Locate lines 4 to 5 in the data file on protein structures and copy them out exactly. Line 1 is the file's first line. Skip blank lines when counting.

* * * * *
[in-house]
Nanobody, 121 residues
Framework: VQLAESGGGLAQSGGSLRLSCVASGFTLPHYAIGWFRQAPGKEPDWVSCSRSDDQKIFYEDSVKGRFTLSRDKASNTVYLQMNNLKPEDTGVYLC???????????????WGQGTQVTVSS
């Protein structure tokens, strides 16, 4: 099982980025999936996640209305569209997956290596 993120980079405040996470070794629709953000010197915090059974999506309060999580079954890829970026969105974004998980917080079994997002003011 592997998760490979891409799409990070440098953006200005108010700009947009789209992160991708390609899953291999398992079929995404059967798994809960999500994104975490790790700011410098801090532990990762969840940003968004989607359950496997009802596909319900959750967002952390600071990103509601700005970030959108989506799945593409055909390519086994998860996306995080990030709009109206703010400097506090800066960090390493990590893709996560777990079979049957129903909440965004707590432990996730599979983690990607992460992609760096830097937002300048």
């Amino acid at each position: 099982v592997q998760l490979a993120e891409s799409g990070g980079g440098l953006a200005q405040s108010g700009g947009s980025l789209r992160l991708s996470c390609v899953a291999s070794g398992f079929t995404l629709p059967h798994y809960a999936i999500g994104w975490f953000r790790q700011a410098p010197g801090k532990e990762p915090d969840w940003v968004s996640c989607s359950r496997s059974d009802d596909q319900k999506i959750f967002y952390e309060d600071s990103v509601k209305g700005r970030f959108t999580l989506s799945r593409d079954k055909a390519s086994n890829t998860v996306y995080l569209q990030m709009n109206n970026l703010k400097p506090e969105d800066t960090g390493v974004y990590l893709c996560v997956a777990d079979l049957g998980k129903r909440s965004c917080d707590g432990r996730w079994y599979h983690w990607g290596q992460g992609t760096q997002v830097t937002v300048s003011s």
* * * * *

């Protein structure tokens, strides 16, 4: 099982980025999936996640209305569209997956290596 993120980079405040996470070794629709953000010197915090059974999506309060999580079954890829970026969105974004998980917080079994997002003011 592997998760490979891409799409990070440098953006200005108010700009947009789209992160991708390609899953291999398992079929995404059967798994809960999500994104975490790790700011410098801090532990990762969840940003968004989607359950496997009802596909319900959750967002952390600071990103509601700005970030959108989506799945593409055909390519086994998860996306995080990030709009109206703010400097506090800066960090390493990590893709996560777990079979049957129903909440965004707590432990996730599979983690990607992460992609760096830097937002300048």
């Amino acid at each position: 099982v592997q998760l490979a993120e891409s799409g990070g980079g440098l953006a200005q405040s108010g700009g947009s980025l789209r992160l991708s996470c390609v899953a291999s070794g398992f079929t995404l629709p059967h798994y809960a999936i999500g994104w975490f953000r790790q700011a410098p010197g801090k532990e990762p915090d969840w940003v968004s996640c989607s359950r496997s059974d009802d596909q319900k999506i959750f967002y952390e309060d600071s990103v509601k209305g700005r970030f959108t999580l989506s799945r593409d079954k055909a390519s086994n890829t998860v996306y995080l569209q990030m709009n109206n970026l703010k400097p506090e969105d800066t960090g390493v974004y990590l893709c996560v997956a777990d079979l049957g998980k129903r909440s965004c917080d707590g432990r996730w079994y599979h983690w990607g290596q992460g992609t760096q997002v830097t937002v300048s003011s």